Pewdiepie banned by his YouTube network for making anti-semitic jokes

Maker Studios, a division of The Walt Disney Company, has cut all its ties with Youtube’s most subscribed creator, Felix “Pewdiepie” Kjellberg.

The company has released the star from its network effective immediately due to him making several anti-semitic jokes in the past few months, reports Forbes.

The most controversial of these videos was one where he paid two Indian men to hold a sign which read “Death to All Jews”. He had acquired the services from those men from a website called Fiverr, which allows users to hire people around the world for “micro jobs”.

Fiverr banned the account of the guys that Pewdiepie hired as a result of this stunt, and the creators posted an apology later, clarifying that they didn’t know what the sign meant. Another video people found extremely offensive was a video where a man dressed as Jesus Christ proclaimed “Hitler did nothing wrong”.

image: businessinsider.com

Pewdiepie’s taken both the above videos down from his channel after receiving huge backlash.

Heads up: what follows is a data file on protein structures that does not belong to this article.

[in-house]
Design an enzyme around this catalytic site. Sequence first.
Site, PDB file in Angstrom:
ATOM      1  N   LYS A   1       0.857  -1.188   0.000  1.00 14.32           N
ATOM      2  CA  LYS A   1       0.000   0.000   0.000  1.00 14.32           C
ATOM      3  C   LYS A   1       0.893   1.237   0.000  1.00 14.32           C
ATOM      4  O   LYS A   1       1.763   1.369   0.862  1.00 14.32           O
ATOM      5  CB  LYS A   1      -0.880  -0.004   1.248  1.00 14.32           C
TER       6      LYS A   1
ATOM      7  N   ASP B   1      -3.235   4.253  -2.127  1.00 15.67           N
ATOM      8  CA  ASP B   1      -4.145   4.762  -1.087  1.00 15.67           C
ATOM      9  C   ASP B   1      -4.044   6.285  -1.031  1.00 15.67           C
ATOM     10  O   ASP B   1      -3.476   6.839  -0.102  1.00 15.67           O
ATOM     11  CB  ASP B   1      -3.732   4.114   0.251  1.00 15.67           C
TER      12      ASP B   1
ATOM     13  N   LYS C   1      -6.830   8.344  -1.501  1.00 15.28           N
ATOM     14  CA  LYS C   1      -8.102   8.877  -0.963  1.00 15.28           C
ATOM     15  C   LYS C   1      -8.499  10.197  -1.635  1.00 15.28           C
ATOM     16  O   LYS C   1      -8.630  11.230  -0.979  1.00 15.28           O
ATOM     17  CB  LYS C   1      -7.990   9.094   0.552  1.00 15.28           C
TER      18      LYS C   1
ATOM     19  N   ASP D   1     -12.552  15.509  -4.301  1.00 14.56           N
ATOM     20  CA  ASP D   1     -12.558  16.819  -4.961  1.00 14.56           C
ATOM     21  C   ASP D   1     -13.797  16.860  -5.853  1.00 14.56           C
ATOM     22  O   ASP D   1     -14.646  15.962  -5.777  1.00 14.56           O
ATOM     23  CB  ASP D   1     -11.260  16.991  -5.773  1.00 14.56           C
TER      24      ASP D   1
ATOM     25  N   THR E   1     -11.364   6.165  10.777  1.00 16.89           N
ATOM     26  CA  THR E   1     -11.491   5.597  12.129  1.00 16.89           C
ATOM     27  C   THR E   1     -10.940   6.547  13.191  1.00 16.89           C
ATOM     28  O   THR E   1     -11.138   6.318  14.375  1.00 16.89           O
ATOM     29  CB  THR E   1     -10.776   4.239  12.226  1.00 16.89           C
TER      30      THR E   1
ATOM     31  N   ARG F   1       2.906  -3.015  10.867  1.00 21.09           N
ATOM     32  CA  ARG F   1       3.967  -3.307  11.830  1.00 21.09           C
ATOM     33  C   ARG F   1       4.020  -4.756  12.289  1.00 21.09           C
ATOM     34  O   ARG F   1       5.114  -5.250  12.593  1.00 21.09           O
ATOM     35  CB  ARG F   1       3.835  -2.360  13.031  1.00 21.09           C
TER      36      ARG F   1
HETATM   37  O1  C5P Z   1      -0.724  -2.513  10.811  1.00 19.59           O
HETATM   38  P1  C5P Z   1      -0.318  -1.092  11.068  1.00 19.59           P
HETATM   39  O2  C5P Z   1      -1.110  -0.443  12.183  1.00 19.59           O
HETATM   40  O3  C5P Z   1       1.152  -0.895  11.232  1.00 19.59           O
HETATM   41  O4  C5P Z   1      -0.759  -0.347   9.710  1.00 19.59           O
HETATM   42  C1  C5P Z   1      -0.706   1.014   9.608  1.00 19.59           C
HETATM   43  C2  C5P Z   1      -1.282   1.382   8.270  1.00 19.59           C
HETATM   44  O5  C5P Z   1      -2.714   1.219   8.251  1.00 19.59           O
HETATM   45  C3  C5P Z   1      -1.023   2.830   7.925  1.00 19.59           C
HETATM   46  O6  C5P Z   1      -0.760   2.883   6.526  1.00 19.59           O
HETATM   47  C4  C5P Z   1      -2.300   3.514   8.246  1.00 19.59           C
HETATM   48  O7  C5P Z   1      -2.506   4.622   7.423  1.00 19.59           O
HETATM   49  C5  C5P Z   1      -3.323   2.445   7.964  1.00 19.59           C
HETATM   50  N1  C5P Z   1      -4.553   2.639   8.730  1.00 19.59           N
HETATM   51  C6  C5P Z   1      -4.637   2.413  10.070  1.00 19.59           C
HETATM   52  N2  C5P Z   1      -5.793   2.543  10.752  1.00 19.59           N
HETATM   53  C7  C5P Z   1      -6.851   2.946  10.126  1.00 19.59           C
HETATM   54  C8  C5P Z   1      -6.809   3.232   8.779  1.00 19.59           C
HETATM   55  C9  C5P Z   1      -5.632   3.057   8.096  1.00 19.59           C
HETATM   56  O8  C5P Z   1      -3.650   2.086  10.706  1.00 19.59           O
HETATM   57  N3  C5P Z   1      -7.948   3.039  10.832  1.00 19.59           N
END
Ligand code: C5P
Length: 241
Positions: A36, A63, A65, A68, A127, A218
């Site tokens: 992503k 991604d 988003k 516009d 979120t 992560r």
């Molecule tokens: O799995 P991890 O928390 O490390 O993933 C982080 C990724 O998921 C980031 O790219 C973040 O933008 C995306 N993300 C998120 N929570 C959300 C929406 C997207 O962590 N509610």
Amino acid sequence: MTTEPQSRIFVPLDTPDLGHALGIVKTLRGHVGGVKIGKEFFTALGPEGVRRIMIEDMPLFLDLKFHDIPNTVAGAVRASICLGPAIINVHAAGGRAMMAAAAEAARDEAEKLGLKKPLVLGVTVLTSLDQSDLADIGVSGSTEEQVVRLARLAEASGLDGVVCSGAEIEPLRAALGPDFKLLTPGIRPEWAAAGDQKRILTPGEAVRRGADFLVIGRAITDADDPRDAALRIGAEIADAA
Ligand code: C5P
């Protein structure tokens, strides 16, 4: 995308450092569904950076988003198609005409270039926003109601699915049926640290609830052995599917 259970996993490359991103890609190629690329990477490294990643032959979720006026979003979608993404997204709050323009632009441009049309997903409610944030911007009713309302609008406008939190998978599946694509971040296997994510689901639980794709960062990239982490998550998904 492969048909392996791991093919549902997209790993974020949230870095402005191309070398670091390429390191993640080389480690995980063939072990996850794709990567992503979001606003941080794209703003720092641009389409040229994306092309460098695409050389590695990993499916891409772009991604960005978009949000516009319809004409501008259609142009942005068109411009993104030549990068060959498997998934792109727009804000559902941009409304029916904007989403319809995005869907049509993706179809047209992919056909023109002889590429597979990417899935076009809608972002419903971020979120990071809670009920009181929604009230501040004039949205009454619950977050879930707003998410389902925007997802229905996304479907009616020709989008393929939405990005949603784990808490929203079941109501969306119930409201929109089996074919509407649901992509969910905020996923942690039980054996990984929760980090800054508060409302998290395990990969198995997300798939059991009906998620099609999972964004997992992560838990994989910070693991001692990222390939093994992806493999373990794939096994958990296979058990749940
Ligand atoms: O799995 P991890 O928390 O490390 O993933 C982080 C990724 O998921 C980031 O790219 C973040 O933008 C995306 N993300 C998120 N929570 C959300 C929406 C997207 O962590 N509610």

“Although Felix has created a following by being provocative and irreverent, he clearly went too far in this case and the resulting videos are inappropriate,” said a spokesperson for Maker Studios.

When taken out of context, Pewdiepie has a lot of stuff that’s very questionable and clearly offensive, and critics argue that he gives a voice to the types of hateful groups that would say those things and actually mean them. For example, when people called him a white supremacist, he decided to dress up like a Nazi soldier and to enthusiastically watch videos of Hitler. Critics saw that as a way of emboldening racism, rather than simply making fun of a clearly incorrect worldview as it was intended.

image: youtube.com

Here is a recent post from Pewdiepie’s blog where he addresses some of his controversial content: 

“I was trying to show how crazy the modern world is, specifically some of the services available online. I picked something that seemed absurd to me—That people on Fiverr would say anything for 5 dollars.”

Pewdiepie finished the blog post by stating: 

As laughable as it is to believe that I might actually endorse these people, to anyone unsure on my standpoint regarding hate-based groups: No, I don’t support these people in any way.

It’s the classic battle of comedy vs censorship, and it seems just as relevant now as it did when George Carlin was talking about the 7 words you can’t say on TV.